BCS Enters Ash Heap of History: College Football Might Miss It

Samuel ChiCollege Football Playoff GuruDecember 11, 2013

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For all intents and purposes, the BCS era is over. There is still the championship game and so-called BCS bowls to be played, but as a mechanism to set up postseason play, it's already a museum piece.

The BCS will be missed.

For all its flaws, the BCS' biggest contribution to college football is that it made the sport national. After the Big Ten, Pac-12 and Rose Bowl grudgingly signed on in 1998, the attraction of No. 1 vs. No. 2 forced fans (and the media) to care about games outside of their own region. For powerhouse programs, it was no longer good enough just to win the conference championship.

Of course, the BCS had its problems and underwent constant tinkering that bordered on "making up stuff as we go" at times. It still gave us a split national championship (in 2003), a highly questionable title-game rematch (in 2011) and a few bogus bowl pairings. But overall, the BCS did its job probably better than could have been expected 16 years ago.

As someone who's followed the BCS from its inception and actively blogged about it since 2006, I have plenty to say about the good, bad and ugly of the era. In fact, I'll be writing a series that covers each of the BCS' 16 seasons, with retrospectives and how things might have worked out had there been a four-team playoff.

And as a tease, here is my view on the best and worst things of the BCS era.

What was good:

1. USC-Texas 2006 Rose Bowl: This still might go down as the greatest college football game ever, with Vince Young and the Longhorns ending the USC dynasty 19 seconds short of its destiny. It had star power and was played at the most perfect setting in all of college football. The game's TV rating of 21.7 is still four points higher than the next-closest game and probably will never be surpassed. There was no need to have Nos. 3 and 4 (Penn State and Ohio State) to muck up the proceedings, as the one game was all we needed. 


2. The rise of "mid-majors": The BCS was originally designed to match the top two teams, but the creation of the "BCS bowls" necessitated a move to allow non-power-conference teams greater access to these marquee games. Thanks to spectacular wins by Boise State, TCU and Utah, we were treated to some of college football's most memorable upsets. And the Utes, Horned Frogs and Chris Petersen have parlayed those successes and gotten themselves into the major conferences.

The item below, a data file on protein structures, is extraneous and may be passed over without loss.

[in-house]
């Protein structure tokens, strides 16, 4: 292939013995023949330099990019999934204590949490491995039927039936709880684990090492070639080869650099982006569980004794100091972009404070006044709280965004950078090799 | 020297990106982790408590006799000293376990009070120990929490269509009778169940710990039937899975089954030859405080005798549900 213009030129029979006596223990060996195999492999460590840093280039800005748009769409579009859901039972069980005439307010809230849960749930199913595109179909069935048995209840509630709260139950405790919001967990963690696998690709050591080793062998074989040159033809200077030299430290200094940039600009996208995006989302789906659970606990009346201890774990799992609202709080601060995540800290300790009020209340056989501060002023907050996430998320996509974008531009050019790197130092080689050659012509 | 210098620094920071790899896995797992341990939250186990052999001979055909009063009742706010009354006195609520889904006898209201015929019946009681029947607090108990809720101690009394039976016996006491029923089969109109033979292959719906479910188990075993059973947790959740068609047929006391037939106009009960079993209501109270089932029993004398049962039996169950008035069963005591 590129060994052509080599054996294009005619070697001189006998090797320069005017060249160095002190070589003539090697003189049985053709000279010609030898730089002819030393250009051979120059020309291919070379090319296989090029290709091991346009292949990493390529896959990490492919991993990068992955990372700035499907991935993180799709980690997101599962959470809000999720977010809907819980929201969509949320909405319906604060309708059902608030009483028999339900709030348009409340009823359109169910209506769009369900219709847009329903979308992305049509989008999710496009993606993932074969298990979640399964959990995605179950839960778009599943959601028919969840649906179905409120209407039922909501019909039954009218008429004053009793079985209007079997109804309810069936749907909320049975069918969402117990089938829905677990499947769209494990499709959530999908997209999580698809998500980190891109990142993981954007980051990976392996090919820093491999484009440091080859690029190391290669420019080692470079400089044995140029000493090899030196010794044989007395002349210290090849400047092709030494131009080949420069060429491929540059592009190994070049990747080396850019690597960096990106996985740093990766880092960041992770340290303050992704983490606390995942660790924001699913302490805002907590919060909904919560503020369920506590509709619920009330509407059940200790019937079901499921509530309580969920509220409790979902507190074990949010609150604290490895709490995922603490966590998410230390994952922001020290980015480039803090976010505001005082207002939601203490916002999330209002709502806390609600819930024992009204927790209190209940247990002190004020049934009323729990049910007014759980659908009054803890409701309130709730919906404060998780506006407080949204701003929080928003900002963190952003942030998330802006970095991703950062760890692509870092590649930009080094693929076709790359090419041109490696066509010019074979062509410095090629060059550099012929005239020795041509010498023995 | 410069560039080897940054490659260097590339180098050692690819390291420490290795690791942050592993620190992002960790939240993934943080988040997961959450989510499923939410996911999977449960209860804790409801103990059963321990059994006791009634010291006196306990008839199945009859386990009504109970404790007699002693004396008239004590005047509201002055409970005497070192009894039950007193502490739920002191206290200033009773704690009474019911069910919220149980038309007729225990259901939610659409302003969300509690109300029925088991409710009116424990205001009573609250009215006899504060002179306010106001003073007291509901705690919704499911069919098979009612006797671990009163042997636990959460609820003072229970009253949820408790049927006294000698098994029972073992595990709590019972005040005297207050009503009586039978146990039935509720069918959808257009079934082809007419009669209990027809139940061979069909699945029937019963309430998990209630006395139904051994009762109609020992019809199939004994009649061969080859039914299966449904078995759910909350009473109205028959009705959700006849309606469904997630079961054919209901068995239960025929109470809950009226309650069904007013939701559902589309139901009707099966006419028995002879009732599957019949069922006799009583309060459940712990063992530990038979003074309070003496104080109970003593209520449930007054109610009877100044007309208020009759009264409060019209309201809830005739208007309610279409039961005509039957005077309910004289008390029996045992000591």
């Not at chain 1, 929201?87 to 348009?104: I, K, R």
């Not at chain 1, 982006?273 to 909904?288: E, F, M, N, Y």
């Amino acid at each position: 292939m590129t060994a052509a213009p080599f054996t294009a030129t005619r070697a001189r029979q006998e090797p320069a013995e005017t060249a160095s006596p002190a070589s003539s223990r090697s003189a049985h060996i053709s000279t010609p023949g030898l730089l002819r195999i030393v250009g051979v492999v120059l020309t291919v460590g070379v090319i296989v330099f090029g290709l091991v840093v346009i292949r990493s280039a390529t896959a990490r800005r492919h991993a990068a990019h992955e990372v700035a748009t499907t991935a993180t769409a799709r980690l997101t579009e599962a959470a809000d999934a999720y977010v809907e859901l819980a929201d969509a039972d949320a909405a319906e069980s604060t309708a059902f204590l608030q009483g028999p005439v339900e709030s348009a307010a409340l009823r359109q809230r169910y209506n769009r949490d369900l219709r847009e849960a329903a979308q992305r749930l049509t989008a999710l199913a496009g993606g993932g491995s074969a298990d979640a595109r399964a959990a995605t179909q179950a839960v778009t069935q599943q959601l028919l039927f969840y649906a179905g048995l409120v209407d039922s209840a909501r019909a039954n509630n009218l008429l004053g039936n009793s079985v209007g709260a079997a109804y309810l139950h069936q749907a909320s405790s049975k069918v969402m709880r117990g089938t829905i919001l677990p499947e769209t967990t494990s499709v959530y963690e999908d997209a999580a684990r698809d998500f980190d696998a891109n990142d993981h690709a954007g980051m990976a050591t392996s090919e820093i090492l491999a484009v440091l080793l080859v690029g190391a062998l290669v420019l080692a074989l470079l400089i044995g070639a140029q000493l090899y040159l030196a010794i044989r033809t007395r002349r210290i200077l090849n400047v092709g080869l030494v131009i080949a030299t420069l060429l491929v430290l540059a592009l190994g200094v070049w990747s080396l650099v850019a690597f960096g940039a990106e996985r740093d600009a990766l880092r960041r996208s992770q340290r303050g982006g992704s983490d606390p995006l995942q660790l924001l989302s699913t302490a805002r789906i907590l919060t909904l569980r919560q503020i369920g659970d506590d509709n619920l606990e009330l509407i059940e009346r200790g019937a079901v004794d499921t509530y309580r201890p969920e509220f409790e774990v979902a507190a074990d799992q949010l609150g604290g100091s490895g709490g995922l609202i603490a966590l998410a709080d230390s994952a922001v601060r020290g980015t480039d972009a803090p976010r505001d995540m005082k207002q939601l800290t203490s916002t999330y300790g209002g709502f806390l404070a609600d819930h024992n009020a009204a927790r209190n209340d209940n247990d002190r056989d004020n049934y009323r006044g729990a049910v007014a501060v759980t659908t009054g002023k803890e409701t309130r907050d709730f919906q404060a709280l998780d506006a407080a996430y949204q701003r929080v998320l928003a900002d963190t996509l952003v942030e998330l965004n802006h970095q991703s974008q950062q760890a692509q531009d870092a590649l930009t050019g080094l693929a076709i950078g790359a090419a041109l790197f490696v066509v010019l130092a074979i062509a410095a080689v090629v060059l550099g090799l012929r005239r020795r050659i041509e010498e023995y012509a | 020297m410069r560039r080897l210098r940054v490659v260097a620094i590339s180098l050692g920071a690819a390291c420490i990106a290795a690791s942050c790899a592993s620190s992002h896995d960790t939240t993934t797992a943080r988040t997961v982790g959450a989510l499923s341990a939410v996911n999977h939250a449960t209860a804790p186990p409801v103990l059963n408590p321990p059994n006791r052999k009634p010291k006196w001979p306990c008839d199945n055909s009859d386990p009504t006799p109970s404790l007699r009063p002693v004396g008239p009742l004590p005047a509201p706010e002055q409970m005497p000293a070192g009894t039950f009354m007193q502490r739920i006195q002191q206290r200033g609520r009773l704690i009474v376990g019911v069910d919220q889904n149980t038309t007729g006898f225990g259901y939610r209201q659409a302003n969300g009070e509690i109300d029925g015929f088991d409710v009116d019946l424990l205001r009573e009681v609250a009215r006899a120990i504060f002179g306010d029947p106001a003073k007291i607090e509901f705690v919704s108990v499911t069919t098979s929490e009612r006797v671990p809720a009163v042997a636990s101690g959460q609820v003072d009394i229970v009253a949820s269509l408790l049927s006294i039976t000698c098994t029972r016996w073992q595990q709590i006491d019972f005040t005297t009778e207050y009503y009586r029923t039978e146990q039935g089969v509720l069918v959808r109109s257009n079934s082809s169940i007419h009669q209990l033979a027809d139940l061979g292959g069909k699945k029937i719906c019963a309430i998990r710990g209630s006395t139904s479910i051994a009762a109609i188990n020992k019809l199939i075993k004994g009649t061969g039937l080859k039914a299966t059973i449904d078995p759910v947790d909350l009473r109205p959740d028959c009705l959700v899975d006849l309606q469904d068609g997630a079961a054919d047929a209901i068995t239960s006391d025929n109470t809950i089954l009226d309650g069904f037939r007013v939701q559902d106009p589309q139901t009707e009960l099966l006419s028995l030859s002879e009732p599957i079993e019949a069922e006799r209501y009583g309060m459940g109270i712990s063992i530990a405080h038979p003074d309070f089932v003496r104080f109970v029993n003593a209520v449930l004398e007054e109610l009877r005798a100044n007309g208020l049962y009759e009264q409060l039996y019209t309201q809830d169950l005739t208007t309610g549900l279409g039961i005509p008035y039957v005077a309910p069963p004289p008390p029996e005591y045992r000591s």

3. Transparency of BCS standings: I won't brag (too much), but I had gotten very good at projecting the standings—as they were no great mystery. The latest formula, adopted in 2004, was simple enough, and the rule that forced every voter to reveal his final ballot made things fairly predictable. There was not the kind of suspense that surely will surround the selection committee's final decision as we move into the College Football Playoff era.

Most Watched Title Games in BCS Era
SeasonGameScoreTV Rating
2005Rose BowlTexas 41, USC 3821.7
2000Orange BowlOklahoma 13, Florida St. 217.8
1999Sugar BowlFlorida St. 46, Va. Tech 2917.5
2006BCS ChampionshipFlorida 41, Ohio St. 1417.4
1998Fiesta BowlTennessee 23, Florida St. 1617.2
2002Fiesta BowlOhio St. 31, Miami 24 (2OT)17.2
2009BCS ChampionshipAlabama 37, Texas 2117.2
2011BCS ChampionshipAlabama 21, LSU 016.2
2008BCS ChampionshipFlorida 24, Oklahoma 1415.8
2010BCS ChampionshipAuburn 22, Oregon 1915.3


What was bad:

1. Neutral computers: For every action, there's usually an overreaction. That happened in 2001 after the BCS forced the computers to remove margin of victory as a component. The inclusion of Nebraska in the 2001 title game and the 2003 split national titles were both direct results of it. The edict also sometimes made computer rankings a source of derision, as Jeff Sagarin had Northern Illinois as high as No. 2 this November in his BCS version of the rankings when the Huskies never moved into the Top 30 in his more reliable ratings. 


2. Ignorant voters: The change in the BCS formula following the 2003 split title bestowed too much clout in the hands of the voters, who basically ordained the title-game matchup in the BCS' final 10 seasons. The Coaches Poll, notoriously fraught with conflict of interest, and the retirement home-friendly Harris Poll were certainly undeserving of such responsibility. As a whole, this collection of 170-plus voters became the non-elected kings of college football, powerful yet unaccountable. And overall, they exhibited little ability to move past the groupthink usually espoused by the talking heads on ESPN (or CBS).


3. LSU-Alabama 2012 BCS Championship Game: The confluence of bad formula and bad decision gave us the biggest dud of a title game and an undeserving champion. That year's Bayou Tigers defeated five 10-win teams (three of which played in BCS games) and remain the only team in history that finished with a perfect 1.000 score in the final BCS standings. Yet they were forced to face an Alabama team they'd already beaten and that played a pedestrian schedule that didn't include a conference-title game. It must be counted among the BCS' biggest failures and something to avoid by the incoming committee.

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